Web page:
Lots of times fly fishers not familiar with fishing the
salt always ask how far you need to cast. Well, pictured above shows
you need not cast far to get into the action. This is what makes the
fall migration so great for us shore-bound anglers. The bait in this
picture is peanut bunker. You still got time so get out there and poke
around. Send us an email if you would like any helpful tips.
November 9, 2003 - Jersey
Shore Salt Recap
On Sunday FFPA along with Tony and Jerry from TCO
Fly Shop in Reading hit the salt. First light
produced some really tough conditions - a stiff north wind, cold temps
and some roughed-up surf greeted us. And other than the bright-sun,
conditions remained about the same. After a couple of hours of fishing
hard we only managed one slot-sized striper on a clouser. This was a
little dissapointing since the day before was on fire. Later in the
day on the out-going tide some nice size pods of peanut bunker began
to show. And every so often some bass would roll through them. This
definitely got you pumped. Which was a good thing, becuase the surf
was relentless and it took some pretty aggressive casting to get your
fly into the 'zone.' Persistence did pay off though in the end with
another nice bass inhaling a chartreuse popovics jiggy. Throwing the
spinning rod produced fish with greater ease. Baitfish seen - peanut
bunker, bay anchovies and silversides. For the amount of effort put
forth by the crew results should have been better.
First light bass
November 5, 2003 - Update
Pictured here are a couple of good color schemes to tie up
the next time you hit the bench. They are a must have in your
box as well. Popovics Jiggies are durable, especially when tied
with synthetic materials like Superhair in this case. Pre-wiring
a few of them will mean less down-time on the water. Also, another
little tip is to carry a small moustache comb to straighten
the fibers of the material. Sometimes they can get all kinked
and tangled after being abused by a few teeth.
Recently, mountain freestone action for wild browns and brookies
has been fastastic. Especially with the warm weather we have
been having. Fish might still come up for a dry or two, but
your best bet is to give a couple of nymphs a swing or even
a dry and a dropper rig. Colors, both up in the trees and on
the fish should be sweet. However, the former will be coming
to end relatively soon. This is also the time of the year where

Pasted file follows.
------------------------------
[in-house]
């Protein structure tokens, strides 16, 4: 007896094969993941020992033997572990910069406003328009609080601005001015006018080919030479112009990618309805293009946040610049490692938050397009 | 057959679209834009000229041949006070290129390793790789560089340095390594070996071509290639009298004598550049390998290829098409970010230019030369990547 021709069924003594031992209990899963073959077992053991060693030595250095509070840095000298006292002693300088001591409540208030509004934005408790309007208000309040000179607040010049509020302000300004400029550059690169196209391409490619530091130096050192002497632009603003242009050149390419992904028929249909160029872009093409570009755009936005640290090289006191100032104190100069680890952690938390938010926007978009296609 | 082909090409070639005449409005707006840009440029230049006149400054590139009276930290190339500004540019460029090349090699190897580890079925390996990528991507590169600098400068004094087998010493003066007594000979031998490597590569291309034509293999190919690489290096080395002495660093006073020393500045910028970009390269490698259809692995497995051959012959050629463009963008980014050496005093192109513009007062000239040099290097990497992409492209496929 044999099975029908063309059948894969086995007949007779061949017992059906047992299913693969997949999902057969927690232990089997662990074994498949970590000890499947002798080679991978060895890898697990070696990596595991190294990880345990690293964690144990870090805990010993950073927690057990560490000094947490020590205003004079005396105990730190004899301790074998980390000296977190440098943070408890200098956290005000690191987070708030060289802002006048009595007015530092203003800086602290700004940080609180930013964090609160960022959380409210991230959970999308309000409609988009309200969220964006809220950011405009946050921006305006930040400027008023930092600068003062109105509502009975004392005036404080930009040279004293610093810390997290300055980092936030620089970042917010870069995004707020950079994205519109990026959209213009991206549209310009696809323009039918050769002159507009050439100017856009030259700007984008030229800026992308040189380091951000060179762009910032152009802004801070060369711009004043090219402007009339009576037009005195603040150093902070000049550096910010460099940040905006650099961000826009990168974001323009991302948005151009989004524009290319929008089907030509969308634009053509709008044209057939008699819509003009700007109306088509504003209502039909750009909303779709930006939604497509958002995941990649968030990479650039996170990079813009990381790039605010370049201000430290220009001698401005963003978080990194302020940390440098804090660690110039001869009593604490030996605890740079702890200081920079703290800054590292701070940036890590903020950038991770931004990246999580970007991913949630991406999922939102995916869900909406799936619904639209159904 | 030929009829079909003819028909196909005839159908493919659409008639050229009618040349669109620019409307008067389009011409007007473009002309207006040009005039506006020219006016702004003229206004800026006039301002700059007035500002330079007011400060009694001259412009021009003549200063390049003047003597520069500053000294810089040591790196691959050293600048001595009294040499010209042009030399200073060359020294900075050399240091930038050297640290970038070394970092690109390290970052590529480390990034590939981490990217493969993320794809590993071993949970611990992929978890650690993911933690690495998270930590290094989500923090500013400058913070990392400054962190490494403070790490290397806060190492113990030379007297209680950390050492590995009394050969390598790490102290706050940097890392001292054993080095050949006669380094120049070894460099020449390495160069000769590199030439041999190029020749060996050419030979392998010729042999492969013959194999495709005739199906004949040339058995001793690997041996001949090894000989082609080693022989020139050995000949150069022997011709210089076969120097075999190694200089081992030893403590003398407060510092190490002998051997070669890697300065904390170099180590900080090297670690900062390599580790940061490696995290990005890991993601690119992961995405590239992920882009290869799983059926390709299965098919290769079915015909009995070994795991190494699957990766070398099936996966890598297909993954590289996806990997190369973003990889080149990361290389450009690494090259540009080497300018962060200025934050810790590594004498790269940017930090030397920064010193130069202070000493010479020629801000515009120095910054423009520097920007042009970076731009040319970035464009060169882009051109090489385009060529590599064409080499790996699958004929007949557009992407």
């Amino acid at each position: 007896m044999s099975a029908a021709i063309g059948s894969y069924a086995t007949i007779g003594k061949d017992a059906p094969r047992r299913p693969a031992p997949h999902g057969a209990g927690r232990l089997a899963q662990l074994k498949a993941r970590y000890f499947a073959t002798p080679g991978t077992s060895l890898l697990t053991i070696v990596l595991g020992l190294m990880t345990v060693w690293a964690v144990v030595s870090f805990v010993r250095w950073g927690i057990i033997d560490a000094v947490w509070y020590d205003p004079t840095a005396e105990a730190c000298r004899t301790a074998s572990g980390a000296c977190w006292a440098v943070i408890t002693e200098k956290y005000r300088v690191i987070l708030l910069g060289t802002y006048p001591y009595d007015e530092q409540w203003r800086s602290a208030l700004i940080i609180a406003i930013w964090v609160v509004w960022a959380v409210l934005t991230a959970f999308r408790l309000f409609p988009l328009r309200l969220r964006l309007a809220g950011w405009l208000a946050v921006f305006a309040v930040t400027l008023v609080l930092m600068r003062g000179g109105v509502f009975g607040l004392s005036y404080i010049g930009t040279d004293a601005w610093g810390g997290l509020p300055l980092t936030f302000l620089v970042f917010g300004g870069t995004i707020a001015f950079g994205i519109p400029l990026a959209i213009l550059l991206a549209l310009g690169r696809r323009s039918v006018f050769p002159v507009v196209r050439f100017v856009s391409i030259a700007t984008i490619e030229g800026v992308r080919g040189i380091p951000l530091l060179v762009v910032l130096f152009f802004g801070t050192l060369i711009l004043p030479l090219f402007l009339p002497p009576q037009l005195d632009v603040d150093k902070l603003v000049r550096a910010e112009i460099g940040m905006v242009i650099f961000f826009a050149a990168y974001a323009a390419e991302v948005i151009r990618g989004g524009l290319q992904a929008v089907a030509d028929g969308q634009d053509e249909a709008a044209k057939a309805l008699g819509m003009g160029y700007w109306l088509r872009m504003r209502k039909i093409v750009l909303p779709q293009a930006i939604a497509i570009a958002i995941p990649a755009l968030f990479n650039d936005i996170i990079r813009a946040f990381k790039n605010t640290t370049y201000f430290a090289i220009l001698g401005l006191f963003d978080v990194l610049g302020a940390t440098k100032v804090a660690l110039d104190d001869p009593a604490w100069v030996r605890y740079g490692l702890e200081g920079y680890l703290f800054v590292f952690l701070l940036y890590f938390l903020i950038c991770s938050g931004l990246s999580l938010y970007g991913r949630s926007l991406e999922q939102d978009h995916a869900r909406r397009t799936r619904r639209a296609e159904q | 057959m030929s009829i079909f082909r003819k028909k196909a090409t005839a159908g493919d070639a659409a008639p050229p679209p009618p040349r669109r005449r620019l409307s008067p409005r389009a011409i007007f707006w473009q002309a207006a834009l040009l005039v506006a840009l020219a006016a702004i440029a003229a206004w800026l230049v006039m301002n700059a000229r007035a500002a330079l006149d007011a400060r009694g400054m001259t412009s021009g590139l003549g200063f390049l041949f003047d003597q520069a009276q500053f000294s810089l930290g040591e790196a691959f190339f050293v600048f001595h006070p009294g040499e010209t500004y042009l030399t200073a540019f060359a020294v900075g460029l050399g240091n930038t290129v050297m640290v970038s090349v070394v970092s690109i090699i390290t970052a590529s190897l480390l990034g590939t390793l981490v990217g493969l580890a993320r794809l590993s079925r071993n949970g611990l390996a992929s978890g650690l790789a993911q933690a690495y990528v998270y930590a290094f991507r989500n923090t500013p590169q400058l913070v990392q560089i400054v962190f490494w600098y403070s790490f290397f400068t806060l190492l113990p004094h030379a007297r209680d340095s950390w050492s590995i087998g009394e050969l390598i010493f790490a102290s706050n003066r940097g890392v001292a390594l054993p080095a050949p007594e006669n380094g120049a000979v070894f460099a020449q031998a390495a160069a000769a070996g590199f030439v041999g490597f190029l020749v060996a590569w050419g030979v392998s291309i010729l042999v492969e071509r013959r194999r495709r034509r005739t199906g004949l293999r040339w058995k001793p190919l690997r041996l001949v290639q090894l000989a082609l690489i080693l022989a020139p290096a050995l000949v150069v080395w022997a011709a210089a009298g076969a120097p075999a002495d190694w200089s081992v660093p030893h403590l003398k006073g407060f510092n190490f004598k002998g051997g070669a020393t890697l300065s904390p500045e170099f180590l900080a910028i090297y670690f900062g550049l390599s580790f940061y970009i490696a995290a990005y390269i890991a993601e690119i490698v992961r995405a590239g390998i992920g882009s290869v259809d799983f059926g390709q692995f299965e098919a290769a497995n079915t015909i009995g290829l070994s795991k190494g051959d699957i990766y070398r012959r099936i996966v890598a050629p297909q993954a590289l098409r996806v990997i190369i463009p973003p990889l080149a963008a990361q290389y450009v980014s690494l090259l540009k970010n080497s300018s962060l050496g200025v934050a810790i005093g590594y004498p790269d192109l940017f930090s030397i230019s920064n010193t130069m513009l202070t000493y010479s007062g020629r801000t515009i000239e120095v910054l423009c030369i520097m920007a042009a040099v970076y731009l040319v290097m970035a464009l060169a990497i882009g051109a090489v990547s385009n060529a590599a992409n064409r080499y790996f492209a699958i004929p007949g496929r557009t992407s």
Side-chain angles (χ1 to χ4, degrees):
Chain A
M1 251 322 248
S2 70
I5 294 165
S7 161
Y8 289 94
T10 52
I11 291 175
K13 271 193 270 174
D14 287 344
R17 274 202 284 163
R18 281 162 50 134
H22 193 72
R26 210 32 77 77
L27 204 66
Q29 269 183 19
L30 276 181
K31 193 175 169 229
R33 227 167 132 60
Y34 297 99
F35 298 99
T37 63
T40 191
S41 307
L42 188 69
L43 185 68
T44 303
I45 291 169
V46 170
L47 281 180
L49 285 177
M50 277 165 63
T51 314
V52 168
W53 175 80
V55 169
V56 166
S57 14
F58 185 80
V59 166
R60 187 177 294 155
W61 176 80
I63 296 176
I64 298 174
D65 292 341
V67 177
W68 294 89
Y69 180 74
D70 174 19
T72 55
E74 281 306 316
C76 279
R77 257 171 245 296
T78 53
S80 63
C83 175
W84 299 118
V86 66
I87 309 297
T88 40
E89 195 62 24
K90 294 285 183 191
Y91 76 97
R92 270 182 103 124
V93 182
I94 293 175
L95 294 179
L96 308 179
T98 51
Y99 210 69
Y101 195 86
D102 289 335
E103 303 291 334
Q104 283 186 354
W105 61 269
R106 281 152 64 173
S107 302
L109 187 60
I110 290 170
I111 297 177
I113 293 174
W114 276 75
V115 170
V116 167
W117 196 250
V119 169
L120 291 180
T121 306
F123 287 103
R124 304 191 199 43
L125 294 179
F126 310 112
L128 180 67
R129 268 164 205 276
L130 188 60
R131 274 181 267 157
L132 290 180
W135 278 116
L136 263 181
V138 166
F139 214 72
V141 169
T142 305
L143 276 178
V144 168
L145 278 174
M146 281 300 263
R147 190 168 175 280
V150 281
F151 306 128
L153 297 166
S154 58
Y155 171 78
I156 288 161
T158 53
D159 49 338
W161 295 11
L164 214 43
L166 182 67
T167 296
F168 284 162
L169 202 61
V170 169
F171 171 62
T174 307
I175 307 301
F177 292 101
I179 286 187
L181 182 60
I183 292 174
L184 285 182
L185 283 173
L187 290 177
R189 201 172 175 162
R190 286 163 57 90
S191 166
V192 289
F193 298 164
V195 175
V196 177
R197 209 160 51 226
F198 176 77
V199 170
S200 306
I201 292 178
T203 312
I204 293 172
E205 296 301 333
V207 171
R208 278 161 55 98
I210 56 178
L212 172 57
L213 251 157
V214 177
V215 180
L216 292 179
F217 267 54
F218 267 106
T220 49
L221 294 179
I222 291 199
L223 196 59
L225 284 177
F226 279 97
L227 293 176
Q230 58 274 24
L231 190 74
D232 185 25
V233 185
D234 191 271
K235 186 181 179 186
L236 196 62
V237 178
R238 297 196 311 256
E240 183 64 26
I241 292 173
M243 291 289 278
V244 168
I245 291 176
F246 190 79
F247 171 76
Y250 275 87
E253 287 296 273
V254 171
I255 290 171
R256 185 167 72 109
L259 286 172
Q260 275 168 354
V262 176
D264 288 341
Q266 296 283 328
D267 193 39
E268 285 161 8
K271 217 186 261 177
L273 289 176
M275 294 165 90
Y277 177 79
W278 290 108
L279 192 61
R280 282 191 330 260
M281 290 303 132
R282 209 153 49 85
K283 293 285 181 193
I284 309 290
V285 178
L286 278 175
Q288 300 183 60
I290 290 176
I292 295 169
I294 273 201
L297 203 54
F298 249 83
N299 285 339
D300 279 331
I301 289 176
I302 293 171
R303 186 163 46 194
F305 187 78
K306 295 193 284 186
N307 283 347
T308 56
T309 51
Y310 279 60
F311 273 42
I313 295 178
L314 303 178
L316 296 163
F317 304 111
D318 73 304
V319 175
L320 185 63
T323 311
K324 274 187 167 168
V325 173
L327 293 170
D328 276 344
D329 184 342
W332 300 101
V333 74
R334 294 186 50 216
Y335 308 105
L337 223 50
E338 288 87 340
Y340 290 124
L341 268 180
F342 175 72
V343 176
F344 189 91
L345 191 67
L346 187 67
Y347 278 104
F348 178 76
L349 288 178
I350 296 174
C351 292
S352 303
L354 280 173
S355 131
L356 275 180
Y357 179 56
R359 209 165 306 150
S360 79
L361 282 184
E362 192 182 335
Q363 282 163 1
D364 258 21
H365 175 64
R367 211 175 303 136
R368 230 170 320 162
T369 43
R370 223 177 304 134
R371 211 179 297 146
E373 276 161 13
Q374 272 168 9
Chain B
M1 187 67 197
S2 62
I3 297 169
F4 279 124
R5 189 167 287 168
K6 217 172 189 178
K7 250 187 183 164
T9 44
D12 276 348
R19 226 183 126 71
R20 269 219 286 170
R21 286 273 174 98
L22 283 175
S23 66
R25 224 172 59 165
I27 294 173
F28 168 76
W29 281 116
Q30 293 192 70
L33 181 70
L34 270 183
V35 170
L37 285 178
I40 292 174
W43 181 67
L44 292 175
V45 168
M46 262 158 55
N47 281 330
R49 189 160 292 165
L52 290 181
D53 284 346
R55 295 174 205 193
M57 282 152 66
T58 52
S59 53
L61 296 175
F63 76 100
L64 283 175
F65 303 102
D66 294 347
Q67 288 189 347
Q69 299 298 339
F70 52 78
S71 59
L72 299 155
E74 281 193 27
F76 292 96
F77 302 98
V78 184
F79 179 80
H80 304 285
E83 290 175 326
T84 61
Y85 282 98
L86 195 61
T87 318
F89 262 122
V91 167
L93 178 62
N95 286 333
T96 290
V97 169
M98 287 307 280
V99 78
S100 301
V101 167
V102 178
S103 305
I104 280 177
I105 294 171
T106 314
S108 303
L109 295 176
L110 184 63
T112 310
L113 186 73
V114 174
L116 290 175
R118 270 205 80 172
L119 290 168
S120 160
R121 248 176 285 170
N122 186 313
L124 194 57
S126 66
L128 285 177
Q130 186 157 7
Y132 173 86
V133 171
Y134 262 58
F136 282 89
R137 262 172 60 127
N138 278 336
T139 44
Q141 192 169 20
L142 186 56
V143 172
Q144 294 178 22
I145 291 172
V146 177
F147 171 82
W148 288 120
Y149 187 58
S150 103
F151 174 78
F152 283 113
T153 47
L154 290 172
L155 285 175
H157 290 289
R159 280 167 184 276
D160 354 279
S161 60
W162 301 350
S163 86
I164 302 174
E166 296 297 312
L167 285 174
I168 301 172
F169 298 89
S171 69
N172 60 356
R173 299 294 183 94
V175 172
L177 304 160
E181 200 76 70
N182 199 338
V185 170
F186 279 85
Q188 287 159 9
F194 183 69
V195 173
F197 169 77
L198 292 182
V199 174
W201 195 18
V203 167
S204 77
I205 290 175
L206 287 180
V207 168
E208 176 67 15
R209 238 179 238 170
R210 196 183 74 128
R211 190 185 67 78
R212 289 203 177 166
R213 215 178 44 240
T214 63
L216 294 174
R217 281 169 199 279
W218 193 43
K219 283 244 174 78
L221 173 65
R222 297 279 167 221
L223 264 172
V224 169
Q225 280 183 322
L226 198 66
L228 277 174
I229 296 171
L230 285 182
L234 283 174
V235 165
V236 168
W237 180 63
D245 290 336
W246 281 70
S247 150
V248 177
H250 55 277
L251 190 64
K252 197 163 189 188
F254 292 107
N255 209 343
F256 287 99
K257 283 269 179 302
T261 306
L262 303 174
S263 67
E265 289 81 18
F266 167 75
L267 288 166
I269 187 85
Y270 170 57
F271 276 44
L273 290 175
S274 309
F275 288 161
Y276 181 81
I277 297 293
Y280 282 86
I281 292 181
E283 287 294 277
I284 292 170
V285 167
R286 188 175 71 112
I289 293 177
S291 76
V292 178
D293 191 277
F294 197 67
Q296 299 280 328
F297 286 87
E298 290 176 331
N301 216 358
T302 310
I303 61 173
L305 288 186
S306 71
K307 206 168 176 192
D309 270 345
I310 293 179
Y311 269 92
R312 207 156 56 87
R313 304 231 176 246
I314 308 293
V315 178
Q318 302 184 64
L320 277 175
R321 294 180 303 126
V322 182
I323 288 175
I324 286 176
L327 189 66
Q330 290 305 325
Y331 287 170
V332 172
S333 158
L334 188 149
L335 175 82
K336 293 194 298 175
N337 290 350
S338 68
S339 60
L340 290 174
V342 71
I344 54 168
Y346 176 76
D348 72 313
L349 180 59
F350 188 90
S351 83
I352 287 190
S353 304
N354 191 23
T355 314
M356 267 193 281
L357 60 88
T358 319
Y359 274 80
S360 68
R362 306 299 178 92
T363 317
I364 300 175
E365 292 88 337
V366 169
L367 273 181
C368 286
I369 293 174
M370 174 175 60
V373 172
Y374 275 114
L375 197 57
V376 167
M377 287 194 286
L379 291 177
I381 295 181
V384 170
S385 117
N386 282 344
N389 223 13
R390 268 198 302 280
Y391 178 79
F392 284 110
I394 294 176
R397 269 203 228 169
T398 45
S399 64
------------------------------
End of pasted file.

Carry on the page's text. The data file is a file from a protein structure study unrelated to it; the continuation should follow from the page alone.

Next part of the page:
you might run into some larger browns trying to bed up. All
we can say in this case is to just walk away. And keep an eye
out for the hunters.
Larger waterways are still on the high side - so since they
started that way, then what the hell, they might as well end
it that way. This has only got us more pumped for next year.
Confirmation has also been received that the relocation of
the roadway, from inside FEW reservoir, has indeed started.
Now hopefully sometime in the near future we can begin drawing
up a recreation plan on how to best utilize this impoundment.
For some more info on FEW and great photos go here.
2, 2003 - Jersey Shore Salt Report
Whatta Day!!! Thousands of blues in the trough, absolutely
shredding the peanut bunker and leaving the beach littered with flipping
baitfish was the scene this afternoon. Fall, Jersey shore blitz action
at its finest! Being able to locate baitfish is the key to the game
and the ability to find it with very few signs can be tough. Yeah, you
can stumble across feeding-frenzies this time of year, but there are
things to look for along the way to help you out. Telltale signs today
were the distant dark patches about 200 yards offshore. When the light
and swell were right, you could make out huge rafts of bait. It was
then a combo of the high tide, a very-light east wind and some pretty
big waves that brought the bait over the outer bar and in tight. Then
it was all-out crazyness. There were numerous hook-ups and beached fish.
The blues ranged from 4-9# and were a blast on the fly. So many blues,
and no bass only means we still have a while left in this season.
I would tell you about Saturday, but there is nothing
to say since it was dead! Go figure
but that is the deal with fishing
the migration. However, putting to use some observations tools can help
make the day.
of a Fall Blitz
Click on the image above for more photos of the HOT action we
This could be the November to Remember. Blues usually
preceed the bass, so hopefully this year that is the case. Other than
the push of bass we had a couple of weeks ago we have not seen to many
large migrating schools, feasting on the abundant bait along the Jersey
Now is the time for you shore-bound fly rodders.